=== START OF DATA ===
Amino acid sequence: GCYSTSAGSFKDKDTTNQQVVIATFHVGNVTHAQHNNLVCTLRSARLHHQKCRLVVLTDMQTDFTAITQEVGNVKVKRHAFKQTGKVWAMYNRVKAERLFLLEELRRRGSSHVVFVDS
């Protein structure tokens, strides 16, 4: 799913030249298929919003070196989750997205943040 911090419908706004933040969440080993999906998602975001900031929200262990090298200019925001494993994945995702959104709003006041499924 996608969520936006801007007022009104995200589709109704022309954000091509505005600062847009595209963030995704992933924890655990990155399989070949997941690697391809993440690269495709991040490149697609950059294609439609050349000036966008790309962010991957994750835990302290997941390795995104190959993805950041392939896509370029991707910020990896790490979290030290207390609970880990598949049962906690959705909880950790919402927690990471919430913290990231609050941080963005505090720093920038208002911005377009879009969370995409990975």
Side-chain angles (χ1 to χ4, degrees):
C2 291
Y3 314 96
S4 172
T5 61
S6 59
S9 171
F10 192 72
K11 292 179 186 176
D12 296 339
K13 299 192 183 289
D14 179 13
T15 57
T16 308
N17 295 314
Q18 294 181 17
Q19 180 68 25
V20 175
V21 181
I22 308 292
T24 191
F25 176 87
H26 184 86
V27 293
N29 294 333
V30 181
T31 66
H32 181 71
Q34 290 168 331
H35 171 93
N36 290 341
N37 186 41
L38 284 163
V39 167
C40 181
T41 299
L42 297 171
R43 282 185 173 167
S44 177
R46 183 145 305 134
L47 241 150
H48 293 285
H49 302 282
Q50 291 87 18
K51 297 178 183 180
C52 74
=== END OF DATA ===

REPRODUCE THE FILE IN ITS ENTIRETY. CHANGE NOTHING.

Amino acid sequence: GCYSTSAGSFKDKDTTNQQVVIATFHVGNVTHAQHNNLVCTLRSARLHHQKCRLVVLTDMQTDFTAITQEVGNVKVKRHAFKQTGKVWAMYNRVKAERLFLLEELRRRGSSHVVFVDS
């Protein structure tokens, strides 16, 4: 799913030249298929919003070196989750997205943040 911090419908706004933040969440080993999906998602975001900031929200262990090298200019925001494993994945995702959104709003006041499924 996608969520936006801007007022009104995200589709109704022309954000091509505005600062847009595209963030995704992933924890655990990155399989070949997941690697391809993440690269495709991040490149697609950059294609439609050349000036966008790309962010991957994750835990302290997941390795995104190959993805950041392939896509370029991707910020990896790490979290030290207390609970880990598949049962906690959705909880950790919402927690990471919430913290990231609050941080963005505090720093920038208002911005377009879009969370995409990975």
Side-chain angles (χ1 to χ4, degrees):
C2 291
Y3 314 96
S4 172
T5 61
S6 59
S9 171
F10 192 72
K11 292 179 186 176
D12 296 339
K13 299 192 183 289
D14 179 13
T15 57
T16 308
N17 295 314
Q18 294 181 17
Q19 180 68 25
V20 175
V21 181
I22 308 292
T24 191
F25 176 87
H26 184 86
V27 293
N29 294 333
V30 181
T31 66
H32 181 71
Q34 290 168 331
H35 171 93
N36 290 341
N37 186 41
L38 284 163
V39 167
C40 181
T41 299
L42 297 171
R43 282 185 173 167
S44 177
R46 183 145 305 134
L47 241 150
H48 293 285
H49 302 282
Q50 291 87 18
K51 297 178 183 180
C52 74